Dell Turbo 325N Notebook Computer produced in 1985
I started my Dell journey back in the early ’90s. The laptops all looked like this beast above. Notice the real WTF design issue? Nobody got it, except for Apple. And when Apple’s MacBook was released, Dell saw the light and hired the engineer/designer from Apple, and Dell’s first Latitude laptop was born. John Medica – RIP.
Dell copied the Apple trackball, but couldn’t quite get the design to shine. Dell has never been a design leader or a deep thinker in innovation, preferring to copy other successful products. Michael’s obsession with early Apple design and products is the stuff that legend is made of. I’m gonna spin one for you now.
I was with an advertising agency in Austin, Texas doing almost all of Dell’s print advertising.
I had a great art director who taught me how to kern the fk out of those headlines. It was Quark Express vs. Pagemaker time. And Dell’s laptop business was out of the gate.
Apple vs Dell The Early Rounds
Dell’s laptop did not contain any multimedia capabilities. Sound and motion were not really a thing yet on computers. Apple, however, built sound and cd-rom drives into the earliest laptops. And their Developer Program delivered the coolest multimedia CD-Rom of goodies and show pieces. We were a design shop, so most of us were using Macs. (That alone is funny. Dell ads were being designed on a Mac. More on that later.)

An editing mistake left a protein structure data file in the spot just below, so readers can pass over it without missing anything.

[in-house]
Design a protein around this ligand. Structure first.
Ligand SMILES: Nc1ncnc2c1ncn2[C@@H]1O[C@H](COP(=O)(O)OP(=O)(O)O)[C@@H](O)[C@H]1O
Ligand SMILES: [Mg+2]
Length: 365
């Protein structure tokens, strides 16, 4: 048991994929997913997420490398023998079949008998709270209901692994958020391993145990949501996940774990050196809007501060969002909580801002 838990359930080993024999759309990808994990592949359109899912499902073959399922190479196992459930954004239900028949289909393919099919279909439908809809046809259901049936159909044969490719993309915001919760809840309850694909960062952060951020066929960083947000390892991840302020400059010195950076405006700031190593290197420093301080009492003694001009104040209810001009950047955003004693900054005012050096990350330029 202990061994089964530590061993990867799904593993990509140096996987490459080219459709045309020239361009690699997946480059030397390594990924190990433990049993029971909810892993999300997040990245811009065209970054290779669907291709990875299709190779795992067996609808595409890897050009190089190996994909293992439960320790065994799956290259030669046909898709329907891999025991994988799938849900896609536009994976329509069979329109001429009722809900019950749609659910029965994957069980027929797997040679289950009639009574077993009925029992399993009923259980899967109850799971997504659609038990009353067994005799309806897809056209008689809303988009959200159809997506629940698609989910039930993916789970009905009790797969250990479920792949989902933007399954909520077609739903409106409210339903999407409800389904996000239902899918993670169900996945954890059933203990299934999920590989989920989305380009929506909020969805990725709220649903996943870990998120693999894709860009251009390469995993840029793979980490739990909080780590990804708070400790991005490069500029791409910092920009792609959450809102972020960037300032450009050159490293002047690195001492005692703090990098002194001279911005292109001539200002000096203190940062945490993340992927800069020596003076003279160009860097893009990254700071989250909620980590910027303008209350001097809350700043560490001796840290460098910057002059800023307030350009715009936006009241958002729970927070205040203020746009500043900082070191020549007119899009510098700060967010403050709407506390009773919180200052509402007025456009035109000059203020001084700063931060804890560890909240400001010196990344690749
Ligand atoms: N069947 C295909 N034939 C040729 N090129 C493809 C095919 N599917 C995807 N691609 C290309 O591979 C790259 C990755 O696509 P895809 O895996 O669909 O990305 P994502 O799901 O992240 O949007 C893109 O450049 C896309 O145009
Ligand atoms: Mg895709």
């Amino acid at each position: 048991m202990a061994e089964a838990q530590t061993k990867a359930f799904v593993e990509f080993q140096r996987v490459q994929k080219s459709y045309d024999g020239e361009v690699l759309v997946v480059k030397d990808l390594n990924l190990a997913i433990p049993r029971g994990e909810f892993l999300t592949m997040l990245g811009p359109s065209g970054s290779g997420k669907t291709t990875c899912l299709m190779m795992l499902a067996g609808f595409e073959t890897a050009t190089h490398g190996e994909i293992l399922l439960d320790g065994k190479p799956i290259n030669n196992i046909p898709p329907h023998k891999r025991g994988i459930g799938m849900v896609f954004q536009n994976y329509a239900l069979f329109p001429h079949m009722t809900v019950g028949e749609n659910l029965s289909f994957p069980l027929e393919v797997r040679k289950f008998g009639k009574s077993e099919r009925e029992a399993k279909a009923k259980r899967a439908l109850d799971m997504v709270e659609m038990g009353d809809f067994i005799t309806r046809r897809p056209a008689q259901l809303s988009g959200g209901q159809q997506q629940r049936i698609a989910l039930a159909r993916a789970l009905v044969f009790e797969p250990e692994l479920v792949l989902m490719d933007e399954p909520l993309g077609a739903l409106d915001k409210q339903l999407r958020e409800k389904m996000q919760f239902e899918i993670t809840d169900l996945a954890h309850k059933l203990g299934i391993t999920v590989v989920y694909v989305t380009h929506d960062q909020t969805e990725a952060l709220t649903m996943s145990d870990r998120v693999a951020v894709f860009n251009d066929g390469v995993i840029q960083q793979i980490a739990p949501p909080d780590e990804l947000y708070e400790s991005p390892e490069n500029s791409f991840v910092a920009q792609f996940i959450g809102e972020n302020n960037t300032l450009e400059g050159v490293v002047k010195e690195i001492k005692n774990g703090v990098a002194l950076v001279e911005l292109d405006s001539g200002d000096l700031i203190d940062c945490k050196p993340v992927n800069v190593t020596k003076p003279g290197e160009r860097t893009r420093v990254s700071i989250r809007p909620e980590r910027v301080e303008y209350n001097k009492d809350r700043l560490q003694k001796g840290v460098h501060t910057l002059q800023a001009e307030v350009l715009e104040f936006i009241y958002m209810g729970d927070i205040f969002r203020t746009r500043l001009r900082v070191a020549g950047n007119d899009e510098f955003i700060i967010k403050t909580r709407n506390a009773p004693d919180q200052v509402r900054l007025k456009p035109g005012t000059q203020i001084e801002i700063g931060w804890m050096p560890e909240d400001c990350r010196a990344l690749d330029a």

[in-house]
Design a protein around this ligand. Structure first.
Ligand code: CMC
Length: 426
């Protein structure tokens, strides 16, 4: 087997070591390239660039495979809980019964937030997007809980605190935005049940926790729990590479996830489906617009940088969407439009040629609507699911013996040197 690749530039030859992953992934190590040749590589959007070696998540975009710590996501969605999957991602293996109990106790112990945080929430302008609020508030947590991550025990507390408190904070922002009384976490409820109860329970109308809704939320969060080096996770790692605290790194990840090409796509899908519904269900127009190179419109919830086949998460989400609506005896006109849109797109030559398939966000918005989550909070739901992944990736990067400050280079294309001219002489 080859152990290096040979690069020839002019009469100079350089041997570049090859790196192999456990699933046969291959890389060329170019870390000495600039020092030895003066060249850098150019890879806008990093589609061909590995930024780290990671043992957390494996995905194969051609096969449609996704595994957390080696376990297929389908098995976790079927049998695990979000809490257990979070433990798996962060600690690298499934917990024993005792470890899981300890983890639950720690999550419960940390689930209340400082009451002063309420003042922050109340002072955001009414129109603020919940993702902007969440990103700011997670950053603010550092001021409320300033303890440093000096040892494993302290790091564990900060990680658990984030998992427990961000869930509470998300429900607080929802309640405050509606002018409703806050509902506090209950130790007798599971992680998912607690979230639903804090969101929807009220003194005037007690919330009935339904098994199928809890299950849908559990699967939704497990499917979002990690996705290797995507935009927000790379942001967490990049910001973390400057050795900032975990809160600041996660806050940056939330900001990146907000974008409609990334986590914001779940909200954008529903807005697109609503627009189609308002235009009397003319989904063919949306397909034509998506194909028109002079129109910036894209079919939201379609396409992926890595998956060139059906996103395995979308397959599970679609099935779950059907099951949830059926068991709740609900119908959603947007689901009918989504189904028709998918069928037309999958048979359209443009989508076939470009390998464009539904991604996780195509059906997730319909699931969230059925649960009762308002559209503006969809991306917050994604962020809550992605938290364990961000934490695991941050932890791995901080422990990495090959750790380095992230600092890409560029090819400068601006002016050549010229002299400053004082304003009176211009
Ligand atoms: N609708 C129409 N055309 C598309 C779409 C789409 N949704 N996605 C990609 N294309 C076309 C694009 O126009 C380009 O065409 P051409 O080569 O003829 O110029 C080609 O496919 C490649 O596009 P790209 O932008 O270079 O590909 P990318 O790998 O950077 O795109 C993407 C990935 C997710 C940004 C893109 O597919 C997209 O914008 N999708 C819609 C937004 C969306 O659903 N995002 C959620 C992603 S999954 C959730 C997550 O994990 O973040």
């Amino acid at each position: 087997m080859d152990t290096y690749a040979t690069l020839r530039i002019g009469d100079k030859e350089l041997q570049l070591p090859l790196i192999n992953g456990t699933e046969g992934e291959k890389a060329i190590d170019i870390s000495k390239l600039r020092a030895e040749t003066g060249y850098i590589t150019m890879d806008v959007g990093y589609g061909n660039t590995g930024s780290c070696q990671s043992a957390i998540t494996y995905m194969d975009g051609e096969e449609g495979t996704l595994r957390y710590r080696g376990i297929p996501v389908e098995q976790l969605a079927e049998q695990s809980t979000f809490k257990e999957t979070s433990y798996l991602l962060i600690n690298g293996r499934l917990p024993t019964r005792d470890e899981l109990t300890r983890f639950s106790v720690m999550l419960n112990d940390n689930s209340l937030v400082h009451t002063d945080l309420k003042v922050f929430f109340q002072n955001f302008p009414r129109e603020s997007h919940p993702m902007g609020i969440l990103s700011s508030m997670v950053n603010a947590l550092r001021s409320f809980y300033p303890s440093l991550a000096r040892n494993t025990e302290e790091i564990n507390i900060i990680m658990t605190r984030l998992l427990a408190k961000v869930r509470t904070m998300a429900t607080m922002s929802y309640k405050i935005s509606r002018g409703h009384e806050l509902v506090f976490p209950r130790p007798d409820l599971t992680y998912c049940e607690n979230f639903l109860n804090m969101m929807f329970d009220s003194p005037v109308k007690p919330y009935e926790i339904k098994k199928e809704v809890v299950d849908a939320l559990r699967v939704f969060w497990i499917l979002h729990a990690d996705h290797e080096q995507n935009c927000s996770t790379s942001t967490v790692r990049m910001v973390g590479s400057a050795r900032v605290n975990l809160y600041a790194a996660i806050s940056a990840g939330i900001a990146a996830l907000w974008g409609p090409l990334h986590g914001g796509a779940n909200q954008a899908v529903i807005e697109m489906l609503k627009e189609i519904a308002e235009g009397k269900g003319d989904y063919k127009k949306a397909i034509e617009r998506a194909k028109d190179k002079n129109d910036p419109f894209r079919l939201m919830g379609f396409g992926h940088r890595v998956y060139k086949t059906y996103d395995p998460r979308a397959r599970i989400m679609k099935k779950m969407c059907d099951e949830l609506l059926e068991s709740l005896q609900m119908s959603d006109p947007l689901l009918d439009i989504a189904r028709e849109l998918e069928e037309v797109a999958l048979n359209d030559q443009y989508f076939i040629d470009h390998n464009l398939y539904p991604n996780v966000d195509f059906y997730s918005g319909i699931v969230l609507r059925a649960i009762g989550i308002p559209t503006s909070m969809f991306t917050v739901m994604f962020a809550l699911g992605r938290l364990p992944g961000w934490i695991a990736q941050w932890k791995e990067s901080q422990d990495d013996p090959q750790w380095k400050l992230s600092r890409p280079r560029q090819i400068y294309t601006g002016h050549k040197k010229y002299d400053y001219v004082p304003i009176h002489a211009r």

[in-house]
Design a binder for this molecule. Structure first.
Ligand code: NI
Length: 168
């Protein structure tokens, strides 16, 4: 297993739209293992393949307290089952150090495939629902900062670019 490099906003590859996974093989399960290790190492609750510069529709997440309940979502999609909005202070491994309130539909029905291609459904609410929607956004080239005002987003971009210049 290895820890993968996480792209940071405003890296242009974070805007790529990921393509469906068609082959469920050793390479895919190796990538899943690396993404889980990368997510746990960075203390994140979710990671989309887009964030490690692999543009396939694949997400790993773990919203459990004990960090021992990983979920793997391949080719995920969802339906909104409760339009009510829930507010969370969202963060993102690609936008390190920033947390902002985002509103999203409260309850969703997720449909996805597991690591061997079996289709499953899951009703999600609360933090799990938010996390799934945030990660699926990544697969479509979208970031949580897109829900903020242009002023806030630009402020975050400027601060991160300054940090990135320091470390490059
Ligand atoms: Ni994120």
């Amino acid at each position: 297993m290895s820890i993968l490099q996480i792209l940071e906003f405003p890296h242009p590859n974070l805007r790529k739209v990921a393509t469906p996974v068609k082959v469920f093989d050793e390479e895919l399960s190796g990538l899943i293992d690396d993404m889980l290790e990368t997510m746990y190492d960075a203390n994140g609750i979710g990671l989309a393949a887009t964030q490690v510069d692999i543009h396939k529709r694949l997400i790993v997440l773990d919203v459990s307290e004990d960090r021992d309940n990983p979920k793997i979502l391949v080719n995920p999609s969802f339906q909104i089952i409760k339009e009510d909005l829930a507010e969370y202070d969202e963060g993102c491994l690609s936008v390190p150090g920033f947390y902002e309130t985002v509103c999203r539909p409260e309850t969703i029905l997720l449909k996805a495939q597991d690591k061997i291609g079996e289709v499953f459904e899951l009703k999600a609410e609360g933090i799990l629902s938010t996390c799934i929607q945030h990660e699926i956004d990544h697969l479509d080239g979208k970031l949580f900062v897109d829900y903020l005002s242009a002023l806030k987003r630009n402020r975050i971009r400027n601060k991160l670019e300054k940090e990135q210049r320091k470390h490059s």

The agency was delivering Dell a complete system for the remote salesforce. Mainly PowerPoint sales decks, excel helpers with pricing formulas, and product brochures. One afternoon, Kenny, was passing in the hall past my office while I was showing one of my teammates the Apple Developer CD-Rom. He popped in. “What’s this?”
A few months later, I was pitching the prototype of what would become Dell Multimedia Works, or DMW in the red leather boardroom on the top floor of Dell’s offices in the Arboretum. I was clicking through a demo of the new interactive sales-enablement tool for Michael’s executive team. About midway through my demo, a woman asked, “You’ve got a Mac under the table, don’t you?”
I froze. (fk)
“Um, well, the prototype…” I started.
“It’s okay, I get it. My kids love their Macs. I just wanted to know.”
“Yes. It’s a Mac.”
My company got the gig and my new “interactive agency” within the print agency was started. I founded SicolaMartin Interactive with an outside developer, Rick, and a few brave souls, like my creative director, who was willing to take a bet that we could pull this Dell project off. I got my first dedicated art director. I got my office upgraded from cube to door. And we busted ass to deliver v.1 of DMW just in time for the annual sales gathering in Austin.
On big ah-ha moment, the Dell Latitude XP did not come with a CD-Rom drive or speakers. Our laptops were connected to a 1.5-speed Sony cd-rom drive and some crappy external “multimedia” speakers. The project was a hit. And over the next few months, the interactive group was rolling in high cotton. Stories of laptop demos using DMW going so well, partially because no one had ever seen a PC laptop that could sing and dance.
Dell’s Annual VIP Conference at Comdex
That January, I was in Vegas for Dell’s Comdex show. I was the architect of an interactive presentation for Michael’s keynote address to the VIPs. Everybody wanted to see rotating logos and graphics now. We delivered.
When the presentation was over, Mr. Dell opened the floor up for Q and A. After a few questions, I raised my hand. Only my boss knew who I was. “When will Dell begin including cd-roms and speakers to their laptops?” I asked. Cheeky mfkr.